So much of the interesting green things to eat have withered away for the winter so the chickens are even more excited about the prep scraps that the Hyatt saves for us.  Chickens are not known for their smarts but they sure have figured out that when one of us comes out with the big black can there will be good eats.   They follow from quite a distance and then can barely wait while we prepare to dump the can.  These are not hungry birds; they walked away from the full feeders to see what I might have.  This load was mostly melon rinds and some slightly wilted herbs.  That looks pretty good when the pastures are dry for winter.

The last thing I did before coming in at noon was to stuff a new bed to go into a dog house.  Mollie, our German Shorthaired Pointer, and Amanda, a cross-breed dog from the pound, share a large dog house that already had a nice blanket but I laid awake in bed last night wondering if the two old dogs were cold.  This morning I found an old sheet, filled it with one of the extra fleeces from the stable and tied it all into a cozy cushion.  I shoved it in the dog house to the delight of Mollie who was the first in.  Amanda waited patiently while Mollie sniffed and then began stomping the bed into place.  As I walked back to fill another trough, I noticed both snuggled down in their wooly new bed.

A cold day makes the simple outdoor chores longer but the sky is still a beautiful blue and it is hard to complain about much.  Especially when I can return to the house to curl up with my cup of tea and a little knitting.

Monday, December 6, 2010

Yes, it is cold outside

If you look closely at the Shetland ram's nose, you will see a fly paralyzed there. I imagine it was still alive but chilled enough that it could not move on. I noticed it on the way out to gather eggs so stopped on the way back to see if it had taken off. It was still there even with the high winds. Apparently it was enjoying the nice wool carpeting!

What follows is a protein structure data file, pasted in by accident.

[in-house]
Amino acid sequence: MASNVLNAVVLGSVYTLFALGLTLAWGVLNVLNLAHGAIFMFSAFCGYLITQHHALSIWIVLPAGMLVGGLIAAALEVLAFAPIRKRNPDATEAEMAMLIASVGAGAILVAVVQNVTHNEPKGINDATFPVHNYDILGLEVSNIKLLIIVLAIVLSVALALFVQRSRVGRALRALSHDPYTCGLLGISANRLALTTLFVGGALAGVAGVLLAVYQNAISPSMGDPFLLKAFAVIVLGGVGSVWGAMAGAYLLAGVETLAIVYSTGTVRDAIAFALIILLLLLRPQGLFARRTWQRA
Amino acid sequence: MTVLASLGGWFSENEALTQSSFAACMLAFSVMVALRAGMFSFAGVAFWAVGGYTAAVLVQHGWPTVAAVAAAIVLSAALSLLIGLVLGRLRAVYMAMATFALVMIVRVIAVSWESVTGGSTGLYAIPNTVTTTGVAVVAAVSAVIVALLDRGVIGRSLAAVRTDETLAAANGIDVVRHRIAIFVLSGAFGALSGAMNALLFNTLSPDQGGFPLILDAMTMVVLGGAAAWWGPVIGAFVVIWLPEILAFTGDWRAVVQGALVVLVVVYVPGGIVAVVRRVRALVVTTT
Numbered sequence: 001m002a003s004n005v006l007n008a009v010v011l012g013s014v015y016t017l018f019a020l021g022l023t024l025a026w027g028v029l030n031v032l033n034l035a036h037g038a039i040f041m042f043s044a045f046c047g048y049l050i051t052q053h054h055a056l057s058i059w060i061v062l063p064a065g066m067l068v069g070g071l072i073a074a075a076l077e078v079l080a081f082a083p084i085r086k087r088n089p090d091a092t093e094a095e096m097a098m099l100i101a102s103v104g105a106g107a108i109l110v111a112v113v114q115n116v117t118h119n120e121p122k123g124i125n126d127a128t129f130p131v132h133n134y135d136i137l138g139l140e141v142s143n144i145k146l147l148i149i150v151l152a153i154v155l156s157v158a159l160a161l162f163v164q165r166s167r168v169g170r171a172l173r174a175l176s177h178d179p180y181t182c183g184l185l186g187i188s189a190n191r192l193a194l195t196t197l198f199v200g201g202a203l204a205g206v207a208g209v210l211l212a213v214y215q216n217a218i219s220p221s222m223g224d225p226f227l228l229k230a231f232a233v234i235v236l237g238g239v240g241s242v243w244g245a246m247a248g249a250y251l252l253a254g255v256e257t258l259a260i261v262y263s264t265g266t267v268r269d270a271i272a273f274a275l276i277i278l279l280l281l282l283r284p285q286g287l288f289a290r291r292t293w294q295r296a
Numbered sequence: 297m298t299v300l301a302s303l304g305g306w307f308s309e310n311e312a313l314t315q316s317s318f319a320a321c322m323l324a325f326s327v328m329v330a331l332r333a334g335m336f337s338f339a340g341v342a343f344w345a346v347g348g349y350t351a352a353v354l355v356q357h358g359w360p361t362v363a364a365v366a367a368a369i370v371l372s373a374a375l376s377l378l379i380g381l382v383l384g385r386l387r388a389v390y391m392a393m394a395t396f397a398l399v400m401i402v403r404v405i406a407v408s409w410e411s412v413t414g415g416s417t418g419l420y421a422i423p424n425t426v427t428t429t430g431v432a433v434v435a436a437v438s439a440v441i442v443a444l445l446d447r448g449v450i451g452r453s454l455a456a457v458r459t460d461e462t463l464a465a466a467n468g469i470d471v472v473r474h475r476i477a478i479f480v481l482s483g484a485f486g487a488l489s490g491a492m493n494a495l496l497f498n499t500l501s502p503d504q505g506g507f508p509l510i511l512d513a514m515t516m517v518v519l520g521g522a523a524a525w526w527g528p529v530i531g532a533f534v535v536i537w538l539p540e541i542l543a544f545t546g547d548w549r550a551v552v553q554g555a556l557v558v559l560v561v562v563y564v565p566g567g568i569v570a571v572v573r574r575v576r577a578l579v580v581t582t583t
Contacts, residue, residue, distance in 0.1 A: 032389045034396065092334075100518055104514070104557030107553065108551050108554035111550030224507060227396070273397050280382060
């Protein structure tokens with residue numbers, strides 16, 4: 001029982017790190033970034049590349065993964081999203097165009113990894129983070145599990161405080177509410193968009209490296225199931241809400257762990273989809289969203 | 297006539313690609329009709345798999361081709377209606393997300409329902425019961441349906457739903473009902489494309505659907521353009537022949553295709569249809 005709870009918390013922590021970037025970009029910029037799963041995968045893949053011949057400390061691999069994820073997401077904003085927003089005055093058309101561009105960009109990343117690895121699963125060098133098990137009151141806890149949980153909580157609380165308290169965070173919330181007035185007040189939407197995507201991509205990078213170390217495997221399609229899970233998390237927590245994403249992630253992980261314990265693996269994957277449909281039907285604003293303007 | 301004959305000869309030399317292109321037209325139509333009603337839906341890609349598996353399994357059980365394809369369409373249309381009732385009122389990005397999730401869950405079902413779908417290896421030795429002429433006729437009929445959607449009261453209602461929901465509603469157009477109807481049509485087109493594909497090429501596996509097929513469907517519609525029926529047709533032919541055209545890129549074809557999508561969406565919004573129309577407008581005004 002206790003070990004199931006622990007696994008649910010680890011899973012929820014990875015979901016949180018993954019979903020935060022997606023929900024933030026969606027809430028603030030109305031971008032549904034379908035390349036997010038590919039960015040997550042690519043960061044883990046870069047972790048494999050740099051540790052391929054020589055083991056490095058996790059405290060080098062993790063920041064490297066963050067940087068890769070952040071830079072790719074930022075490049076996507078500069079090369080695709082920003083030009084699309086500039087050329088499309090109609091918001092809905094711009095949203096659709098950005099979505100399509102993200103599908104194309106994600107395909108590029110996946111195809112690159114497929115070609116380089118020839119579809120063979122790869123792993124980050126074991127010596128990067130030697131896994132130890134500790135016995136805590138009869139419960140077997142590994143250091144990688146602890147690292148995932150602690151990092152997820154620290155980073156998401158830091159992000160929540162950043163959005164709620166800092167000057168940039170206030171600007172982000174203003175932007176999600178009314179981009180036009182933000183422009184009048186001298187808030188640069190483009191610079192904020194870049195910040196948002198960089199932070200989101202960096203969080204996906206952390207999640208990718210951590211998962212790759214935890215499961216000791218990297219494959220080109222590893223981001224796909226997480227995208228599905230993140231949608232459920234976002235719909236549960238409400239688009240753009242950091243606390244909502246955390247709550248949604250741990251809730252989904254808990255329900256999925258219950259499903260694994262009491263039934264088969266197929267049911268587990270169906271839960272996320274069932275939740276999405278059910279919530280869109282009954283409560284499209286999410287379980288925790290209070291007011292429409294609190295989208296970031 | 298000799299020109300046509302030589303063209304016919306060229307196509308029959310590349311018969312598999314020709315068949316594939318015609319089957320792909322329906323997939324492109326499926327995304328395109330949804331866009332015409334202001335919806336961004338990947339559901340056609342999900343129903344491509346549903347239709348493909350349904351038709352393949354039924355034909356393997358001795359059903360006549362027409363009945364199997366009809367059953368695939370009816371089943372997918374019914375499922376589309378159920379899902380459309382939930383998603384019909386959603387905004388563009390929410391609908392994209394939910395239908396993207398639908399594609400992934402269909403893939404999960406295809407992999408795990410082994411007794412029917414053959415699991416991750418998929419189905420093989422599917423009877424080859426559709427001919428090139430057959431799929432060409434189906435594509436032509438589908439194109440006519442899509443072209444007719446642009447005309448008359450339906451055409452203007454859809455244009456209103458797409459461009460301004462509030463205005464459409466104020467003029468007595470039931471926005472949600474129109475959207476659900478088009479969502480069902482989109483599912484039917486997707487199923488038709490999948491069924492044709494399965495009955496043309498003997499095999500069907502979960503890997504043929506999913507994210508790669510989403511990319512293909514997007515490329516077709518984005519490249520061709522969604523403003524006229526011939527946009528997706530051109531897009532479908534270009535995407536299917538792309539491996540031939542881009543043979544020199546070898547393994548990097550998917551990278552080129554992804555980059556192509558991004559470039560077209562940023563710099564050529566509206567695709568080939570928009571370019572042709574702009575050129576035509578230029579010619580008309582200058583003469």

Wednesday, December 1, 2010

A Chilly Morning

The sun had come up enough to begin to warm the stable wall. The goats were enjoying the dry sidewalk as well as the heat radiating back from the stable siding. I can almost guess the morning temperature based on how desperately everyone is trying to find a sunny spot.
One little goat was in the stable under a heat lamp that is usually used for raising chicks. Al had felt sorry for the little goat and plugged in the lamp. It is a good thing the goat is covered in mohair and that mohair has a very high ignition temperature because the goat apparently got too close to the lamp. I found a charred brown spot on her back that smelled like burnt hair. It was just the very tips of her fiber so no injury but I would hate for a burning goat to torch the entire stable!

Monday, November 29, 2010

Winter Preparations

One of the buildings where the chickens like to hang out has a huge door at the side that we leave propped open all spring and summer. The door at the end of the building is much smaller and is used many times a day but this door has become more of a movable wall. The walls of the building are tin so it tends to heat up but leaving the big door open makes it a very comfortable place for the nesting birds. In the winter we close the door and the building stays pleasantly warm on the coldest of days, the tin walls radiating heat. Since chickens love to forage and move dirt around (as well as produce a bit of their own "dirt") the door gets stuck open. It was a nippy morning which reminded me that it is about time to shut the big door. But the big door doesn't shut without a little work on my part.... As I started to dig the chickens realized that I was literally mining all sorts of tasty bugs for them. I dug out half of the path of the door but will finish later once the snacking is over.